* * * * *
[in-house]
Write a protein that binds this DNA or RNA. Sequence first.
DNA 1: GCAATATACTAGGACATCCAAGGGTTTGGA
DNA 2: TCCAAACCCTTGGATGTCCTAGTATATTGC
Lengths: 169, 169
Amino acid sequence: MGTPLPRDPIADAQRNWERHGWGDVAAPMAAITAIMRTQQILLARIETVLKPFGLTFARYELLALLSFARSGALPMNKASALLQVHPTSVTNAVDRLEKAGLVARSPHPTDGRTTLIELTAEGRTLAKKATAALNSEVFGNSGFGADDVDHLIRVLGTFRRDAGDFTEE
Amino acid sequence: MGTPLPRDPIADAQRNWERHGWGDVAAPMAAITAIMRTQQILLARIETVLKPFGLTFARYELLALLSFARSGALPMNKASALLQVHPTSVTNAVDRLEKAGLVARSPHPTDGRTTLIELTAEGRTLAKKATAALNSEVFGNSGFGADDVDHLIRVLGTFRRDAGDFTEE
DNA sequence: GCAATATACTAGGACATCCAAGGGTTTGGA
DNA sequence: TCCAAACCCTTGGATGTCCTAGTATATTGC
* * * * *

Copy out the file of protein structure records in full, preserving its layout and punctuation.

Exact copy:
[in-house]
Write a protein that binds this DNA or RNA. Sequence first.
DNA 1: GCAATATACTAGGACATCCAAGGGTTTGGA
DNA 2: TCCAAACCCTTGGATGTCCTAGTATATTGC
Lengths: 169, 169
Amino acid sequence: MGTPLPRDPIADAQRNWERHGWGDVAAPMAAITAIMRTQQILLARIETVLKPFGLTFARYELLALLSFARSGALPMNKASALLQVHPTSVTNAVDRLEKAGLVARSPHPTDGRTTLIELTAEGRTLAKKATAALNSEVFGNSGFGADDVDHLIRVLGTFRRDAGDFTEE
Amino acid sequence: MGTPLPRDPIADAQRNWERHGWGDVAAPMAAITAIMRTQQILLARIETVLKPFGLTFARYELLALLSFARSGALPMNKASALLQVHPTSVTNAVDRLEKAGLVARSPHPTDGRTTLIELTAEGRTLAKKATAALNSEVFGNSGFGADDVDHLIRVLGTFRRDAGDFTEE
DNA sequence: GCAATATACTAGGACATCCAAGGGTTTGGA
DNA sequence: TCCAAACCCTTGGATGTCCTAGTATATTGC